Study Guide

Some Trees Man and the Natural World

By John Ashbery

Man and the Natural World

Nature has a funny way of telling us things without saying a word. Of course it would be scary if nature did say a word (are you ready for a talking tree?), but that's not the point. Man has always looked toward nature for answers and truth. He tends to think that those trees and fuzzy creatures are somehow more authentic than we are. The speaker of "Some Trees" is probably feeling the same way as he looks at those "amazing" trees.

Questions About Man and the Natural World

  1. Why is it that those trees get the speaker thinking about life and relationships? What is it about them that makes us question ourselves?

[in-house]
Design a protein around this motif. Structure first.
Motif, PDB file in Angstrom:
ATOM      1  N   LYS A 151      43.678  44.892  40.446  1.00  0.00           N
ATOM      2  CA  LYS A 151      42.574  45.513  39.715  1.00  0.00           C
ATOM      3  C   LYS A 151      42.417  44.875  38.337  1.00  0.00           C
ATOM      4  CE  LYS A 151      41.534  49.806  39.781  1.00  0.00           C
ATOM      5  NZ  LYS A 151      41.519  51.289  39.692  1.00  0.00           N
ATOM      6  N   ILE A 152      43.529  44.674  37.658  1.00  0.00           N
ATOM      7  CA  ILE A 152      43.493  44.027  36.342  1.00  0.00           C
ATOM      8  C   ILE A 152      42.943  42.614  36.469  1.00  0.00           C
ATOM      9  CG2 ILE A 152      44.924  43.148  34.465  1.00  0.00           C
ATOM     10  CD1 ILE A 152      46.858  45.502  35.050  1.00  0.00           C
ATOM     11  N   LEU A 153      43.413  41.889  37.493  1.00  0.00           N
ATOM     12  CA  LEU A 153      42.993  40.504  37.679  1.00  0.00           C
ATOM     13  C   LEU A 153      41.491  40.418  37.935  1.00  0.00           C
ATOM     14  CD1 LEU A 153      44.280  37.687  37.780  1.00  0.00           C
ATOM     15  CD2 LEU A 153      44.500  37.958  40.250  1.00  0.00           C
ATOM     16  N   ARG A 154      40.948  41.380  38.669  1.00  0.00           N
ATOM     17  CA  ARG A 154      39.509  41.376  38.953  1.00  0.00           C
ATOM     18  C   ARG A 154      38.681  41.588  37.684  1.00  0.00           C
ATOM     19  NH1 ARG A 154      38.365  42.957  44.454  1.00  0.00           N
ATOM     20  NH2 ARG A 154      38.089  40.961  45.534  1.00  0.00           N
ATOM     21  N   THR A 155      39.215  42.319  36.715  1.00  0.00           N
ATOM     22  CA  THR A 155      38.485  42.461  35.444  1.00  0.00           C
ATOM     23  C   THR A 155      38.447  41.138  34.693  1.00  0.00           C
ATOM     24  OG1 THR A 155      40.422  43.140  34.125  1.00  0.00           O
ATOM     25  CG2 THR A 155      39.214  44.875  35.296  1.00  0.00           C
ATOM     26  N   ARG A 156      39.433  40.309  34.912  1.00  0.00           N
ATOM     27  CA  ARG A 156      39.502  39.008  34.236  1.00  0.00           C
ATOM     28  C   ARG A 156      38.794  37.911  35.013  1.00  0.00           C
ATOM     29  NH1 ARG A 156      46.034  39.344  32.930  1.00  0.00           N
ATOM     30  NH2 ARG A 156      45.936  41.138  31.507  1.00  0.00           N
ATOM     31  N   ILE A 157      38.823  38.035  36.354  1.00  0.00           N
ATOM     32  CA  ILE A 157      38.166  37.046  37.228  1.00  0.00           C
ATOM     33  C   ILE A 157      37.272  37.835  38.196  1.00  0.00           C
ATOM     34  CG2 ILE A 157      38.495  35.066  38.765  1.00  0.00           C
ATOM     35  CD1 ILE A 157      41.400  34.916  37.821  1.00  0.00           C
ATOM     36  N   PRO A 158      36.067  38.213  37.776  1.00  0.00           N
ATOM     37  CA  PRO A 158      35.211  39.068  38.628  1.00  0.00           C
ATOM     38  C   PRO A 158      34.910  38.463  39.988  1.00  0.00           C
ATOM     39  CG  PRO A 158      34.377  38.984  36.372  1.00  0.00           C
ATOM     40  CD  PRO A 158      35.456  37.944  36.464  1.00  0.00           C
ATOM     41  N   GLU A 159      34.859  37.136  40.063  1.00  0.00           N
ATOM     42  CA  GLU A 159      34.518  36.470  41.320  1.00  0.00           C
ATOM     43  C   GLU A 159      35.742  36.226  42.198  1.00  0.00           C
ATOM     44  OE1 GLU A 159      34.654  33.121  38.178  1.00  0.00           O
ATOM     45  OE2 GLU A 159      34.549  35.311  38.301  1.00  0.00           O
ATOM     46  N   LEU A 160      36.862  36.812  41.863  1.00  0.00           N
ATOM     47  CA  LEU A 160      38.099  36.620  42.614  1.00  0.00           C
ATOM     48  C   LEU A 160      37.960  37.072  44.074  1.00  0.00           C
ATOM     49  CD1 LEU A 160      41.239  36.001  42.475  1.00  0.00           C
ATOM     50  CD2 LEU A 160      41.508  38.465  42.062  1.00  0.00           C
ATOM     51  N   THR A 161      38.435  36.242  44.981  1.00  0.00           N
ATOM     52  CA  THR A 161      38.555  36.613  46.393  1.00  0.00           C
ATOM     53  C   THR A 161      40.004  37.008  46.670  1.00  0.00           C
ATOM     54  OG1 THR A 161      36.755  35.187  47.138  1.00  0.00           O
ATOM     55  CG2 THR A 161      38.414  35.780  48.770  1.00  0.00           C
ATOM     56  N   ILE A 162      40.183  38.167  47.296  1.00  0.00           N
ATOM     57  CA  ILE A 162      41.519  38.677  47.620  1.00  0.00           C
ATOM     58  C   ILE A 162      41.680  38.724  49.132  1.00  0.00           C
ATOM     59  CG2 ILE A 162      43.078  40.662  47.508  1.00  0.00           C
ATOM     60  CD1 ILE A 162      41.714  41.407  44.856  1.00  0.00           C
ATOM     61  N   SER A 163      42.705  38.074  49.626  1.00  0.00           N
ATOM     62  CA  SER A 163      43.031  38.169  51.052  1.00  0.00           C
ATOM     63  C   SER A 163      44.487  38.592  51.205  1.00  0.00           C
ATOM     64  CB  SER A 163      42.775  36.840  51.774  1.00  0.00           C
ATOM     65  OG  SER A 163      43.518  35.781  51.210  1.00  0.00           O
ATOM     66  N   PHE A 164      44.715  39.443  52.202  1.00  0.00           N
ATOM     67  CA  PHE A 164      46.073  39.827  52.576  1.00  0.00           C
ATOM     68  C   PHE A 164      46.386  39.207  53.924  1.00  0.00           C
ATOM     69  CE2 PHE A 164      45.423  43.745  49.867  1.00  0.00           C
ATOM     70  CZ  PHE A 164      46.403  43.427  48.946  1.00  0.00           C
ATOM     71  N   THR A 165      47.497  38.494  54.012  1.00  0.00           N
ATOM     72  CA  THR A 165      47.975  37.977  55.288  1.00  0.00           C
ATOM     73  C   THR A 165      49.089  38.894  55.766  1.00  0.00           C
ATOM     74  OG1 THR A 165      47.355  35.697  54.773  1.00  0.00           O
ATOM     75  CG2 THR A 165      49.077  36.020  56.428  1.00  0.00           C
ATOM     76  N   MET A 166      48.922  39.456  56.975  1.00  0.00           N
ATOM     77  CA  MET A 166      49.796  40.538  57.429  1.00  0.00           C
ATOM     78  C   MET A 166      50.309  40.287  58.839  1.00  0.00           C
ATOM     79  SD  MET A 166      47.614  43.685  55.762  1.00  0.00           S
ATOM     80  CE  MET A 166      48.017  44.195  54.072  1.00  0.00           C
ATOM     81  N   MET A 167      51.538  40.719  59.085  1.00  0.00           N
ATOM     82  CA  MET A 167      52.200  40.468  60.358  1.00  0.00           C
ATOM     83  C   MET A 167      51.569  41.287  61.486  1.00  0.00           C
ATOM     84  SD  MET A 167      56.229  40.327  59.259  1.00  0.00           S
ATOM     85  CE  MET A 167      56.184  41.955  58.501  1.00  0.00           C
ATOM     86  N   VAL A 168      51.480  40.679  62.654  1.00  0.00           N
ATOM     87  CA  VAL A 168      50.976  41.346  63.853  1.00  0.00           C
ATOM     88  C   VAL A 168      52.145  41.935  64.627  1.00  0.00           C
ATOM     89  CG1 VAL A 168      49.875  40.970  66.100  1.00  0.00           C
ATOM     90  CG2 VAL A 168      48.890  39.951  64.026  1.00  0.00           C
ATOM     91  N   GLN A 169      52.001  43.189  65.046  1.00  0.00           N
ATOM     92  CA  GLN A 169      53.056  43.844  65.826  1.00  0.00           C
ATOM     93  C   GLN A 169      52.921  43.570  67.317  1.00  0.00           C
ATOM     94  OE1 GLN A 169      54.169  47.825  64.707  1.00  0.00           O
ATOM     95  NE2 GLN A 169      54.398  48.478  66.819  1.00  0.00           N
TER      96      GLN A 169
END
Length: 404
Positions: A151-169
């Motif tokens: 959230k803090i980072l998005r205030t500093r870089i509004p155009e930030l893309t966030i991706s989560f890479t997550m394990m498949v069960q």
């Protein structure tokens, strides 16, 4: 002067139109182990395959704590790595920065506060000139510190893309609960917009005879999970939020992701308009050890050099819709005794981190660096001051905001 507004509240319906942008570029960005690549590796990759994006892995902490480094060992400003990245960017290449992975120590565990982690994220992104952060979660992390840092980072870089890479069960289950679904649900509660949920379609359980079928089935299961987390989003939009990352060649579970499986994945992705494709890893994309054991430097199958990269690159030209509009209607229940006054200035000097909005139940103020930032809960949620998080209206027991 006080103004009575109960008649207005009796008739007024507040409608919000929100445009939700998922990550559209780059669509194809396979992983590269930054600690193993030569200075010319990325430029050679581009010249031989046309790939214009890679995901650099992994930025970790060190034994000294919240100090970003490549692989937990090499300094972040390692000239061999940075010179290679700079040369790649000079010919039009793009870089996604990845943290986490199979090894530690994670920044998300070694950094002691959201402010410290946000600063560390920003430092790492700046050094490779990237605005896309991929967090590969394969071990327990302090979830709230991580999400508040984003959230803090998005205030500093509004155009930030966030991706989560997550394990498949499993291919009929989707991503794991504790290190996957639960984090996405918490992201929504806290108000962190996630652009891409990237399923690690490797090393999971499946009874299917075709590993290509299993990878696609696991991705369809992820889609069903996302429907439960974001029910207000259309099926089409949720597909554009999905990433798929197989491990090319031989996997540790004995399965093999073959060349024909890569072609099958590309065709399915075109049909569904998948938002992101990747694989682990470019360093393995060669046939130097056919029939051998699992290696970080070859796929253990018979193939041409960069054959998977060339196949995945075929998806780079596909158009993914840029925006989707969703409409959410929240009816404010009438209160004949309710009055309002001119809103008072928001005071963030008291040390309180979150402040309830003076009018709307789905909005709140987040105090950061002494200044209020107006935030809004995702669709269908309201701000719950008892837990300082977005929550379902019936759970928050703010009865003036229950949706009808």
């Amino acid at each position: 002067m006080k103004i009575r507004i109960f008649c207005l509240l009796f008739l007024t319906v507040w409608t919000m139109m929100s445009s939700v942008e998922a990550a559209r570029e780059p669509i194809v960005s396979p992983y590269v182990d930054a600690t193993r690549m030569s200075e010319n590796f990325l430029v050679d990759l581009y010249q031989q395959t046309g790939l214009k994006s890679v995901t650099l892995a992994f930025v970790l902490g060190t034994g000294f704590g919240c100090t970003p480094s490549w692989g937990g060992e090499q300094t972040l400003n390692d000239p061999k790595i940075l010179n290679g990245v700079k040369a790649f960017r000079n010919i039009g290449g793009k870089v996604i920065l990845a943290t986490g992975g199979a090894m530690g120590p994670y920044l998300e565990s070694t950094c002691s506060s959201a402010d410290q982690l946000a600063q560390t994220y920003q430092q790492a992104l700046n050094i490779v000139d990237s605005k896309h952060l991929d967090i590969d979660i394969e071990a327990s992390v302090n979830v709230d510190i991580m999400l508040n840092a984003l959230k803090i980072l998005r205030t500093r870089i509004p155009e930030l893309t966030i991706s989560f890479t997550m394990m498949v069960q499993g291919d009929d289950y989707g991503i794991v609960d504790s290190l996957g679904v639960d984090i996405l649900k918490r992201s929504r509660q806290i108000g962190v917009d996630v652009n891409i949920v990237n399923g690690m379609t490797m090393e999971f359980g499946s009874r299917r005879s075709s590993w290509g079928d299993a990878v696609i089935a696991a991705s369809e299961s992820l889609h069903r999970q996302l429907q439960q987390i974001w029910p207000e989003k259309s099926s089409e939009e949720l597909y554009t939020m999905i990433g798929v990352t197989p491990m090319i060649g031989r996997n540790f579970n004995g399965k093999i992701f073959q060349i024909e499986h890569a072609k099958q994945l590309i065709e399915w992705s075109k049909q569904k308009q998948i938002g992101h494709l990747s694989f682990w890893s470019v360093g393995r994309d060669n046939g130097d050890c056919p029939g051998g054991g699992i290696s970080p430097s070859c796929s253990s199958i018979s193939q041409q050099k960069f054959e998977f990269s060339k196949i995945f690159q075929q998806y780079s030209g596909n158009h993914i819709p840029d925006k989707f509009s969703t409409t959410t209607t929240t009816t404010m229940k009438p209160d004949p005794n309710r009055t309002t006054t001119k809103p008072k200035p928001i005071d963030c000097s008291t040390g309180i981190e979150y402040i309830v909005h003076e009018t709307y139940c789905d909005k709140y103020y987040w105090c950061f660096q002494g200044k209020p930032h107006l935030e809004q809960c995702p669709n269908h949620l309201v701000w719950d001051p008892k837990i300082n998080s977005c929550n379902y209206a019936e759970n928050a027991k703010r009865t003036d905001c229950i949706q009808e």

2. What about that "winter morning"? Nature looks and sounds different according to the time and season. How might the speaker also feel and see things differently for these same reasons?
  3. If the speaker had chosen to invent some "comeliness" around him, how might the poem sound different?

Chew on This

Nature gives us our ultimate reality. We're not apart from it; we're a part of it. Deep, dude.

Trees aren't really that important to our speaker. He could have made the same observations by looking at socks in a drawer or bobble-head dolls on a shelf.

This is a premium product

Tired of ads?

Join today and never see them again.

Please Wait...